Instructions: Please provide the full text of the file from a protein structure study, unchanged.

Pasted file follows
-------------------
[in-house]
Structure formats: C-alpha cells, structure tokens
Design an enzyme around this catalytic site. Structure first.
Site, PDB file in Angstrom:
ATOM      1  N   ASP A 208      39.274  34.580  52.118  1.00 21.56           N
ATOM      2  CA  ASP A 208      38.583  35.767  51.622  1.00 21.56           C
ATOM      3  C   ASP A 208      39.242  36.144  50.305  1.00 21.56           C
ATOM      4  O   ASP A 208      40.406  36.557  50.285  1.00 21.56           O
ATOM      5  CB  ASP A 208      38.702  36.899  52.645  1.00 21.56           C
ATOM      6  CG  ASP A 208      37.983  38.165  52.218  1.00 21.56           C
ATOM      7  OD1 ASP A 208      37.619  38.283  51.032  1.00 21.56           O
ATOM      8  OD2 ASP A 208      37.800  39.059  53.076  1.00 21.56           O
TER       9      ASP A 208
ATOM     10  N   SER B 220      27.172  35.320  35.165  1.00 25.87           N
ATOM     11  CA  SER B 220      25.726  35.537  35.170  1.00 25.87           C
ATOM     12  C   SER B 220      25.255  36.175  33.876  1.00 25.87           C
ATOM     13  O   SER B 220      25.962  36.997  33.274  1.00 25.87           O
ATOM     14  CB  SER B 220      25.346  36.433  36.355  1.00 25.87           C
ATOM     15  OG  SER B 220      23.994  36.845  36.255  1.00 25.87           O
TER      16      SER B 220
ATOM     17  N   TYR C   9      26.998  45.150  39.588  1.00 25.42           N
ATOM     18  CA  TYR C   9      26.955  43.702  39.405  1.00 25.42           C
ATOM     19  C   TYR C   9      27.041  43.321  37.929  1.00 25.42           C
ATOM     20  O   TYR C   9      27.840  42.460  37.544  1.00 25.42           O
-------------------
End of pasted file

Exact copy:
[in-house]
Structure formats: C-alpha cells, structure tokens
Design an enzyme around this catalytic site. Structure first.
Site, PDB file in Angstrom:
ATOM      1  N   ASP A 208      39.274  34.580  52.118  1.00 21.56           N
ATOM      2  CA  ASP A 208      38.583  35.767  51.622  1.00 21.56           C
ATOM      3  C   ASP A 208      39.242  36.144  50.305  1.00 21.56           C
ATOM      4  O   ASP A 208      40.406  36.557  50.285  1.00 21.56           O
ATOM      5  CB  ASP A 208      38.702  36.899  52.645  1.00 21.56           C
ATOM      6  CG  ASP A 208      37.983  38.165  52.218  1.00 21.56           C
ATOM      7  OD1 ASP A 208      37.619  38.283  51.032  1.00 21.56           O
ATOM      8  OD2 ASP A 208      37.800  39.059  53.076  1.00 21.56           O
TER       9      ASP A 208
ATOM     10  N   SER B 220      27.172  35.320  35.165  1.00 25.87           N
ATOM     11  CA  SER B 220      25.726  35.537  35.170  1.00 25.87           C
ATOM     12  C   SER B 220      25.255  36.175  33.876  1.00 25.87           C
ATOM     13  O   SER B 220      25.962  36.997  33.274  1.00 25.87           O
ATOM     14  CB  SER B 220      25.346  36.433  36.355  1.00 25.87           C
ATOM     15  OG  SER B 220      23.994  36.845  36.255  1.00 25.87           O
TER      16      SER B 220
ATOM     17  N   TYR C   9      26.998  45.150  39.588  1.00 25.42           N
ATOM     18  CA  TYR C   9      26.955  43.702  39.405  1.00 25.42           C
ATOM     19  C   TYR C   9      27.041  43.321  37.929  1.00 25.42           C
ATOM     20  O   TYR C   9      27.840  42.460  37.544  1.00 25.42           O